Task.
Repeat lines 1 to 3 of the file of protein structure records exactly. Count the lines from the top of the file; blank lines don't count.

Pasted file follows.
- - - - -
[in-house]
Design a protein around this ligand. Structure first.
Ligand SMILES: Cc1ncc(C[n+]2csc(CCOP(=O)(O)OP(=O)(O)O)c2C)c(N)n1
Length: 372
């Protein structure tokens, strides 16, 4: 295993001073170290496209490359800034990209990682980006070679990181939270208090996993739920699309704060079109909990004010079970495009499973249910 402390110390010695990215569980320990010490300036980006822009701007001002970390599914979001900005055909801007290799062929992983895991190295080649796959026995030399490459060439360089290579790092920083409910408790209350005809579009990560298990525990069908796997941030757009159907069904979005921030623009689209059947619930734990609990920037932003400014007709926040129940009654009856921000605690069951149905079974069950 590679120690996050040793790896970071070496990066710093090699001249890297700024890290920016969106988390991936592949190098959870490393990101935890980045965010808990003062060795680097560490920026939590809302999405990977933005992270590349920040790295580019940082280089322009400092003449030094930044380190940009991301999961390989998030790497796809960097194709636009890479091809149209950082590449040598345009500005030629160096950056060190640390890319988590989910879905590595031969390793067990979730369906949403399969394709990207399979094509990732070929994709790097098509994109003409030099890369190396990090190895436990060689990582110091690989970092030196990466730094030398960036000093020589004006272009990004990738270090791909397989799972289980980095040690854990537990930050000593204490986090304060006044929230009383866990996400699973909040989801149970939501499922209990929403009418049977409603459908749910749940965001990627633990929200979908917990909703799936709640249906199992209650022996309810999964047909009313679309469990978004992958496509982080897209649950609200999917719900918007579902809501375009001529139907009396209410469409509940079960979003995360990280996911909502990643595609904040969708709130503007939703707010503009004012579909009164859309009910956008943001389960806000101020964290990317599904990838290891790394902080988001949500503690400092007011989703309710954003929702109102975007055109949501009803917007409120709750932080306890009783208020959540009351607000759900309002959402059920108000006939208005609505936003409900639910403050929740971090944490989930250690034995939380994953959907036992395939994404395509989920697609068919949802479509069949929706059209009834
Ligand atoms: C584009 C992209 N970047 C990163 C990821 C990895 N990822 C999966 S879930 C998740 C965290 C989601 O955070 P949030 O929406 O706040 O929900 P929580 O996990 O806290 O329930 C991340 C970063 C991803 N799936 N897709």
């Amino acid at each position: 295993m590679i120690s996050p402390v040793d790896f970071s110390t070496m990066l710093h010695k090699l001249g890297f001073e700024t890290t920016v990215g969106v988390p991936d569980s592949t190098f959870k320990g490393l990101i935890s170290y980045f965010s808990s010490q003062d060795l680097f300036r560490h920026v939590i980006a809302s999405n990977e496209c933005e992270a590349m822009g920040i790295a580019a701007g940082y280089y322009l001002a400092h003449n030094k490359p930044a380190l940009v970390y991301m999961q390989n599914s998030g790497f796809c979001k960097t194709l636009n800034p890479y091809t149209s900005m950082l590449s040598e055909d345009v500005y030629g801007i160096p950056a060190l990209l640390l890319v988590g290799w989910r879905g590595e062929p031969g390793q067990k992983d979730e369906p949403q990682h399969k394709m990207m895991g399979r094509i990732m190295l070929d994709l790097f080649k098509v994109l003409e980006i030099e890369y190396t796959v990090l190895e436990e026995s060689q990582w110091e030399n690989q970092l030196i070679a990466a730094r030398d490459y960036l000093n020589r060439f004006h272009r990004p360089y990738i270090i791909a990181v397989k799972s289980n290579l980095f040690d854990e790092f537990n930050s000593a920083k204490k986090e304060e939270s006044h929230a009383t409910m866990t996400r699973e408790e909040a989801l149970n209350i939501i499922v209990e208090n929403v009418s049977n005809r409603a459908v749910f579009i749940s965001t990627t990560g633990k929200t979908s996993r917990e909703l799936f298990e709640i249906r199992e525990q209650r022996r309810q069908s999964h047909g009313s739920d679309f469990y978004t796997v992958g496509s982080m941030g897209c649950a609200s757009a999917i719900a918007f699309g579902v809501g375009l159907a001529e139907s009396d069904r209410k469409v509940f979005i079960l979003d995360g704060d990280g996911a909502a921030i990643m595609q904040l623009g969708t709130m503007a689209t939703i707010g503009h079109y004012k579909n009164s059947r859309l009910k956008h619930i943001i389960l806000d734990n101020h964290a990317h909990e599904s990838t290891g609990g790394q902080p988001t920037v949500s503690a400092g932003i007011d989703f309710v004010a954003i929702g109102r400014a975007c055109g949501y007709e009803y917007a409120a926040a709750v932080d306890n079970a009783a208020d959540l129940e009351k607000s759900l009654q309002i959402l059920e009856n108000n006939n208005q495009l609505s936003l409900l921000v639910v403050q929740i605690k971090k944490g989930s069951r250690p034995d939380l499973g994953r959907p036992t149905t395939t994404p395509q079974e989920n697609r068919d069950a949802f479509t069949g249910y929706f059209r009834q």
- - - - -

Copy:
[in-house]
Design a protein around this ligand. Structure first.
Ligand SMILES: Cc1ncc(C[n+]2csc(CCOP(=O)(O)OP(=O)(O)O)c2C)c(N)n1